Ableist language is still rife in the western world, so for a list of common ableist adjectives to avoid and for more accurate, non-ableist adjectives and terms, see this list from Augsberg University. And for how to respectfully write neurodiverse and disabled characters, see part 2 of this blog series.

Bury Your Gays/ Sad Gays

There’s a history of that one token gay character dying in chapter/ act one, while the cishet characters live on. (For details of a bunch of problematic gay and lesbian rep see ‘Bury Your Gays‘ on TV Tropes, a useful resources for identifying tropes, stereotypes and among them, harmful ones).

If you have a minor character who’s going to die quickly —don’t make them gay. Don’t make them your only queer (or otherwise marginalised )character either.

Yes, a book in which loads of people die and some of them are queer can be fine —provided you DON’T kill off ALL the ONLY queer side/ main characters/ couples. Some of them need to survive, just as some of the cishet ones will —see Bury Your Gays for why this is historically and contextually important.

And don’t just write the ‘sad gay’ who’s sad because of ‘the struggle to be queer’. In looking for competitions I could enter my book in, I was astounded that I, queer author of a queer MC didn’t fit the criteria of an LGBTQIA book competition because… I wrote a civilisation (in an epic fantasy) in which being queer is normal and queer joy is a thing! Life can be shitty for LGBTQIA+ (especially trans) people in the real world. Can you give us some queer joy in fiction?

Queer Rep Resources

For why Queer rep is needed, why queer struggles need to be shown in literature but also why queer people like myself want to see some queer joy, this article on Queer Rep in Media is a good (and brief) summary.

More resources with details of problematic queer tropes:
No Bisexuals and Hide Your Lesbians from TV Tropes.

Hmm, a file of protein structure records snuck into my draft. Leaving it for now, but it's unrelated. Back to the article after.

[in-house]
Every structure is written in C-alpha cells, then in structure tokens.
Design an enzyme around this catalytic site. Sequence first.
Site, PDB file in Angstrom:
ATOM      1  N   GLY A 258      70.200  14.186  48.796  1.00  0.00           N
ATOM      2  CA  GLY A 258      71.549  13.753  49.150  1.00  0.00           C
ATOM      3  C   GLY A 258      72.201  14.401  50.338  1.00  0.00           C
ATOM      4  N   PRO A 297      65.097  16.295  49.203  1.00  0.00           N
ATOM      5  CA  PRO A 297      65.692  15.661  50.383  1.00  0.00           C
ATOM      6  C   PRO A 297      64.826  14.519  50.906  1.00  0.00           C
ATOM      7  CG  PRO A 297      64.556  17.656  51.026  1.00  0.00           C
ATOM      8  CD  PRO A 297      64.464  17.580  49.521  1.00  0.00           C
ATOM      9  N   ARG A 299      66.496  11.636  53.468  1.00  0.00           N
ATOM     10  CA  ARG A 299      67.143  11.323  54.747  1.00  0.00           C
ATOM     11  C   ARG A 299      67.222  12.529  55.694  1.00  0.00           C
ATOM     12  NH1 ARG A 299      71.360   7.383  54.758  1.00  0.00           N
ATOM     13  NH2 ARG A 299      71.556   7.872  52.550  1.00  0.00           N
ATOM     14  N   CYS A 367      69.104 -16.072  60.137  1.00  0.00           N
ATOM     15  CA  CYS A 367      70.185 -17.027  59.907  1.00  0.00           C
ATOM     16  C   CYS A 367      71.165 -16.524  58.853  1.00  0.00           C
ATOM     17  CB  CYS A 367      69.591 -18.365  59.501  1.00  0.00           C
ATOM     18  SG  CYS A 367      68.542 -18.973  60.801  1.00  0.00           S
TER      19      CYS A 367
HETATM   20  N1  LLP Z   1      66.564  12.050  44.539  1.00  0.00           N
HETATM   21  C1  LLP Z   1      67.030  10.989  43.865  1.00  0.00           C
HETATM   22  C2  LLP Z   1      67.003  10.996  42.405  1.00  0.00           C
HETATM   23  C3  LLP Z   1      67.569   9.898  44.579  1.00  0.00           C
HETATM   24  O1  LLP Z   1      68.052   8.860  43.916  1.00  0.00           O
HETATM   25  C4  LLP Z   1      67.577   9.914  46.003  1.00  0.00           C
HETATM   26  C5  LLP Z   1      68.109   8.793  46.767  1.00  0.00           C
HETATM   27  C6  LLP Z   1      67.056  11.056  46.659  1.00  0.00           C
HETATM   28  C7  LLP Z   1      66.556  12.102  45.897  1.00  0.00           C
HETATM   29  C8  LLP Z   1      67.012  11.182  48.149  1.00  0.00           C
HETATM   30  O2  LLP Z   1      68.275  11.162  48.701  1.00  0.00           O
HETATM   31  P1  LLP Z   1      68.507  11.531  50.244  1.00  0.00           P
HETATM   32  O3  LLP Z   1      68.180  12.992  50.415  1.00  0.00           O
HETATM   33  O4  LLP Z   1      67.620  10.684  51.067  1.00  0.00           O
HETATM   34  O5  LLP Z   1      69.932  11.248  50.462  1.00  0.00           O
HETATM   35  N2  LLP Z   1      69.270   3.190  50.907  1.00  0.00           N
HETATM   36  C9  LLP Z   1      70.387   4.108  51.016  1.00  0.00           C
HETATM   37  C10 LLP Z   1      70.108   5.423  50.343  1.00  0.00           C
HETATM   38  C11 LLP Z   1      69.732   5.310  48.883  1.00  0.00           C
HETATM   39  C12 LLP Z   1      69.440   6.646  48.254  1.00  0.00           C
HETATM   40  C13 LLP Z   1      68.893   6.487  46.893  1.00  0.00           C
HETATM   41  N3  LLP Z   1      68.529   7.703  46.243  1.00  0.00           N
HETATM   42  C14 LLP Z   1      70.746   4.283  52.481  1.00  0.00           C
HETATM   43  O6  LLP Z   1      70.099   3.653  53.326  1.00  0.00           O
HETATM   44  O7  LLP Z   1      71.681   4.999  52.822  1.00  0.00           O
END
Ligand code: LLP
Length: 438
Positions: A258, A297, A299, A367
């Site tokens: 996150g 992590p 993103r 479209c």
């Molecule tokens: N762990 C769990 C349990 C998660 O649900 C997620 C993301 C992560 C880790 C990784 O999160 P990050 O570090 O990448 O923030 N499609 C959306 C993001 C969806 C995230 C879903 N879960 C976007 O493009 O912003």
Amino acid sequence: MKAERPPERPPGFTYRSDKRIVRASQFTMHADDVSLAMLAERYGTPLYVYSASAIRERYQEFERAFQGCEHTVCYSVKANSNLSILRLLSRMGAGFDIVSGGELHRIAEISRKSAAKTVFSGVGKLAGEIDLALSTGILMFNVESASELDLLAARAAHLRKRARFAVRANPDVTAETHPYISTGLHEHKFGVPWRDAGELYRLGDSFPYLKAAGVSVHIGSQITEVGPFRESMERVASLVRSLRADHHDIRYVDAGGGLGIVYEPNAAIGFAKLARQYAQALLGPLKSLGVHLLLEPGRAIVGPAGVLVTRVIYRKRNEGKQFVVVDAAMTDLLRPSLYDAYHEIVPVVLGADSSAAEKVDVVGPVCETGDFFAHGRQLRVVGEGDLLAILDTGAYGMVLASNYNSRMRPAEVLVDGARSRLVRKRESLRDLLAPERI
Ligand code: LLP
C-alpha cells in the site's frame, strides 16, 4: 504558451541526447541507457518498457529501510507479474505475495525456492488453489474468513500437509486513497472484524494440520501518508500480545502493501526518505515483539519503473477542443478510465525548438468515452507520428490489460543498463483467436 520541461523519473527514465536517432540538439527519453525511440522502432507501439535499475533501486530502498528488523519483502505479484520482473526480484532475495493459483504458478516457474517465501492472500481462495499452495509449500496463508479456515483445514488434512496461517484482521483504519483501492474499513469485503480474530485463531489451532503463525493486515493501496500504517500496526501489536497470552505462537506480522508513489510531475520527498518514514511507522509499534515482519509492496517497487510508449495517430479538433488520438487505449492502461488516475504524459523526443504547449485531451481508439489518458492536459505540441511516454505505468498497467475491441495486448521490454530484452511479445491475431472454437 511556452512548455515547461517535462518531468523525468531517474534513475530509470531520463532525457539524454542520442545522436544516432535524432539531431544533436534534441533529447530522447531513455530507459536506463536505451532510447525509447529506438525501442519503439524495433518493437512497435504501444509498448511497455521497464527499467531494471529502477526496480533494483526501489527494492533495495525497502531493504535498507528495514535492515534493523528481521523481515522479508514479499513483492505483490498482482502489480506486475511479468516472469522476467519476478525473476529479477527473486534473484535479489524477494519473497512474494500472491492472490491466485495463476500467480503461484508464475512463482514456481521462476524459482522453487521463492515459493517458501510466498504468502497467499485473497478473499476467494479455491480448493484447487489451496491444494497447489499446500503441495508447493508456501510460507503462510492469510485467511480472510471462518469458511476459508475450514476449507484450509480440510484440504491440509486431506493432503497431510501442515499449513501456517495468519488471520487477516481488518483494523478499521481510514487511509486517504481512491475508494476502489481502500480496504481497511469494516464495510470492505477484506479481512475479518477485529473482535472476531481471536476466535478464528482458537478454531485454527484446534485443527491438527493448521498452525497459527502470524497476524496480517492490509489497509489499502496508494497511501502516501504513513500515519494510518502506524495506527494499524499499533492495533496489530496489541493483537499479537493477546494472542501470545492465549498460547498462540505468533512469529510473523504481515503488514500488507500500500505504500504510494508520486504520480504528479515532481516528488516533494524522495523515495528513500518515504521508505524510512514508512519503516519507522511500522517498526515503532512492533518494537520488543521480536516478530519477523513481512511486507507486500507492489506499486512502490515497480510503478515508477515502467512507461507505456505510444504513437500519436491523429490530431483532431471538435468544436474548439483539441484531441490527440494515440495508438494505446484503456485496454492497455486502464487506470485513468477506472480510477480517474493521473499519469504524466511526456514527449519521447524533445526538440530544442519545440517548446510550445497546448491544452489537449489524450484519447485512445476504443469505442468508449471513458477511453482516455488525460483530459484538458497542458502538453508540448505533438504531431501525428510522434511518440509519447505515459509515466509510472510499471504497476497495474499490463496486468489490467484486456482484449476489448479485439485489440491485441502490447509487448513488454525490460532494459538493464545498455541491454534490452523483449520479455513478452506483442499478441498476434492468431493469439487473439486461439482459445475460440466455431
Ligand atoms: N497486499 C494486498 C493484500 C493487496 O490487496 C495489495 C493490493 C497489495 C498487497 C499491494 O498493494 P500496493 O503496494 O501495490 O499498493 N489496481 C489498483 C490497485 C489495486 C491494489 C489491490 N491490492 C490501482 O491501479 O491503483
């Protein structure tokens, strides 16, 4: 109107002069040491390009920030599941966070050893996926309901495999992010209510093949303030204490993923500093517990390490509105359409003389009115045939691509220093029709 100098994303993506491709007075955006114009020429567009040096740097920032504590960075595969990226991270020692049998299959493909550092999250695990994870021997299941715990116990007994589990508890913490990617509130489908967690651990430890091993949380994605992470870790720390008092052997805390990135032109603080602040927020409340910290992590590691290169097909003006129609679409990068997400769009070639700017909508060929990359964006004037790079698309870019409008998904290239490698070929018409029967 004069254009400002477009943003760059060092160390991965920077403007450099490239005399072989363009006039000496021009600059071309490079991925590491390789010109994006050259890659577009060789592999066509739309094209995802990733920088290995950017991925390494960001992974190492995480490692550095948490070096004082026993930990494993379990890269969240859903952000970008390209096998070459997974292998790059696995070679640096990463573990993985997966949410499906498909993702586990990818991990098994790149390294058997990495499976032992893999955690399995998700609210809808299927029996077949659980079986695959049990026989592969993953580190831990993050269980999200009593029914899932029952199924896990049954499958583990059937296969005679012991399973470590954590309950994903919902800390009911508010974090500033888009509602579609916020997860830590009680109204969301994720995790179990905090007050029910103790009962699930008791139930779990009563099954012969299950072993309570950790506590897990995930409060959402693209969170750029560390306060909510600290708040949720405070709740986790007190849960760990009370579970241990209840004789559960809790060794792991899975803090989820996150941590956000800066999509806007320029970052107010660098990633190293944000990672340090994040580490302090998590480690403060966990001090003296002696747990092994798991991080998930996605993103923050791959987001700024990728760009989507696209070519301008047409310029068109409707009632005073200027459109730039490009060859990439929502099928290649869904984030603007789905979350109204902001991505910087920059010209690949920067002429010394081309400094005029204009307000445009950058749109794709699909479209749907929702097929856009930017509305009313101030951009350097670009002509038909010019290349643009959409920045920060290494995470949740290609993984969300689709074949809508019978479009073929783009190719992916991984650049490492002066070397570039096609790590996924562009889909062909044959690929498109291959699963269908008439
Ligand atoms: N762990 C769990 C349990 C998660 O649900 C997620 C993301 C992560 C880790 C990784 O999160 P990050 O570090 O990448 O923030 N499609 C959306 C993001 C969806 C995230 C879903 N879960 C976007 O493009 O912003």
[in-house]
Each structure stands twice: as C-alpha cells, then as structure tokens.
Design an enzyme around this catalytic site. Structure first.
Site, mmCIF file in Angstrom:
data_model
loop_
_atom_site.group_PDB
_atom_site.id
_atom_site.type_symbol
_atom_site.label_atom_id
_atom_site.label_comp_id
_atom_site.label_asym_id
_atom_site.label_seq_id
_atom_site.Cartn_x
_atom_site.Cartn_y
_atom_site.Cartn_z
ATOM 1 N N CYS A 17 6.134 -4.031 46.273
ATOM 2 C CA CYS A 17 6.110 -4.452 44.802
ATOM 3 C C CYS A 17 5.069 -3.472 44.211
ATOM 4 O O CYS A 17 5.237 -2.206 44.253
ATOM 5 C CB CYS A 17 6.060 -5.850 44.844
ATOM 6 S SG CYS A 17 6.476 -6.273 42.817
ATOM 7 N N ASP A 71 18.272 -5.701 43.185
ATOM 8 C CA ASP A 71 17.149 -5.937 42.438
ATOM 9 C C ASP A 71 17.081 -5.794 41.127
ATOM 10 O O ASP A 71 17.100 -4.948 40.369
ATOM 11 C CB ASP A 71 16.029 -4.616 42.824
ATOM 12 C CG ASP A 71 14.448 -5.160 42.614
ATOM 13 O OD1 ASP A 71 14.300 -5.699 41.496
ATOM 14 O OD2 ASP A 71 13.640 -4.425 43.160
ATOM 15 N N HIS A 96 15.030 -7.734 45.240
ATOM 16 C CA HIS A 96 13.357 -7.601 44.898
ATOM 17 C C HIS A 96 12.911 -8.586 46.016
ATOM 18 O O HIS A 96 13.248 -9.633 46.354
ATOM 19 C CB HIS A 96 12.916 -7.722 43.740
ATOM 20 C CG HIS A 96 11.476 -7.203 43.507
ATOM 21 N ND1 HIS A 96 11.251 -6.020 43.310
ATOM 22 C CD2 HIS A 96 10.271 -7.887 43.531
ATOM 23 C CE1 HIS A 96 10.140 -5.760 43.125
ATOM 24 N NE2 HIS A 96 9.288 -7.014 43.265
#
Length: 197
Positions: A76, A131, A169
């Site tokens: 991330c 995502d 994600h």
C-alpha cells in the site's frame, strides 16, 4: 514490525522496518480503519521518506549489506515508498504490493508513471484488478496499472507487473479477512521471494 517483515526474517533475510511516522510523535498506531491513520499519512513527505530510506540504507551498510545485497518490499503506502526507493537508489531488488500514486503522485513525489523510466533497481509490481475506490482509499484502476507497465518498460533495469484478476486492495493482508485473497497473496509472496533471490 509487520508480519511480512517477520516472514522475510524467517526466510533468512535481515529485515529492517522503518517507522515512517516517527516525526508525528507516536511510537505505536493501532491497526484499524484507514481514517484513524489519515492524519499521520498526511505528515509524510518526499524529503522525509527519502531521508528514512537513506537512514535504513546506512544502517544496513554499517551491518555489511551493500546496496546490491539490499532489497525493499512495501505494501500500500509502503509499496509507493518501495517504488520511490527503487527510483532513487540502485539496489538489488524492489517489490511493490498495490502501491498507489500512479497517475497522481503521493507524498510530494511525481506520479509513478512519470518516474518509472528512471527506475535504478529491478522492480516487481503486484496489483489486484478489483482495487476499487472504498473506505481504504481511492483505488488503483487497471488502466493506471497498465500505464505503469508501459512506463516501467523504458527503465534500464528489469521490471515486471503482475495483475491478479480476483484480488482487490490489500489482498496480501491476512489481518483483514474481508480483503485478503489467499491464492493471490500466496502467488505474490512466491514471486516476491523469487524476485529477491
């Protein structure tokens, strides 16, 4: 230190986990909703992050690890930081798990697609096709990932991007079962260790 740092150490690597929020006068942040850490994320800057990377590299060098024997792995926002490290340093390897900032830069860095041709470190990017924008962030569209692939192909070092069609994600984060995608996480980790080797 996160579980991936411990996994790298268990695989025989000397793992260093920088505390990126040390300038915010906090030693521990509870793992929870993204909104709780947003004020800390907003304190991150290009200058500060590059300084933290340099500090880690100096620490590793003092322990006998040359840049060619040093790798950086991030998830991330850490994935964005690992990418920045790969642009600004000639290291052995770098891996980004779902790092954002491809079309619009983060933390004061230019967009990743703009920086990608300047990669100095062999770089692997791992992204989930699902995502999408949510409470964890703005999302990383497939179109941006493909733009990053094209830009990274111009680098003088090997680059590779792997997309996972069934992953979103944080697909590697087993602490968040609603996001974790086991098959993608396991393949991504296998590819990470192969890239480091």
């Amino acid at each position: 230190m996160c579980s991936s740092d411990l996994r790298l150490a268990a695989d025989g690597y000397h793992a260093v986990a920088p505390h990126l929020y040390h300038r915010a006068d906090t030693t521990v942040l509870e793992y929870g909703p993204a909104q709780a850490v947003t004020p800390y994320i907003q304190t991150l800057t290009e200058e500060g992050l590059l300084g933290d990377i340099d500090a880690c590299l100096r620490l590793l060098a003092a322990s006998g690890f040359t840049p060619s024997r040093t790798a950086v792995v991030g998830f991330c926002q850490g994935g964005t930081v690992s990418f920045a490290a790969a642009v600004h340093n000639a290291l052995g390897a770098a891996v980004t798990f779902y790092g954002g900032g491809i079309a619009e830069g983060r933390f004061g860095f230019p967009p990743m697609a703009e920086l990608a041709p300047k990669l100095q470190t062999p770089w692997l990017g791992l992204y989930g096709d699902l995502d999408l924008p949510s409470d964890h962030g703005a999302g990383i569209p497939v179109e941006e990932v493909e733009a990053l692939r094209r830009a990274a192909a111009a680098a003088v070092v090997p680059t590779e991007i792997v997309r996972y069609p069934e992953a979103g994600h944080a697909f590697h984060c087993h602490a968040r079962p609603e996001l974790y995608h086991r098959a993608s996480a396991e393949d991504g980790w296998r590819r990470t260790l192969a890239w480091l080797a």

You’ll also find problematic tropes mixed in among common, unharmful queer stereotypes (all linked to explanations of each trope on the list) on Tv Trope’s Queer As Tropes and Homophobia Index.

Part 3 of this Blog: Writing LGBTQIA+ Characters

White Saviours & Racism

While reading to clarify my understanding of ‘white saviour’ for this post, I came across an article (Content Warning on this one!) about a real life white saviour. A story about a modern white person so convinced of their own good will and superiority that they decided to administer medical treatment to Ugandans (via a charity), despite not having any medical qualifications. Yes, their actions killed patients as well as ‘saving’ them. No, this white ‘saviour’ faced no legal ramifications.

In the articles I browsed, white saviours seem to have in common the desire to help BIPOC, often via charity/ foreign aid (as much to make themselves feel better as to benefit others). This may not be a problem, if white saviours didn’t also believe in their ‘superior’ ability to help BIPOC, whilst ignoring how being heirs of white colonialism and supremacy benefits white people on one hand and failing to see how systems built on both systematically disadvantage BIPOC on the other (as mentioned in this article.)

My current thoughts on white saviours is their racism and white supremacy corrupts, can impair and severely limits their capacity to ‘do good’. So if you’re writing a white person who wants to help others… be careful you don’t unintentionally write a white saviour.

(For more examples of how white saviours may present, see an extensive list of them on Wikepedia.)

White Saviours & Racism Resources

As a white writer living on the land of the Wurundjeri people, land that was never ceded and always was and always will be Aboriginal land (aka as an heir of racist colonialism), this is where I point you to BIPOC people to tell us how to represent them.

But first, if you’re unsure, unclear or feeling ambivalent about how racism may have tainted the perspective you’re writing from, I highly recommend the book White Women, Everything you already know about your own racism and how to do better by Regina Jackson and Saira Rao. (Men and nonbinary people, this book will also give you insights into sexism from a cis women’s perspective, which I found educational as a nonbinary person).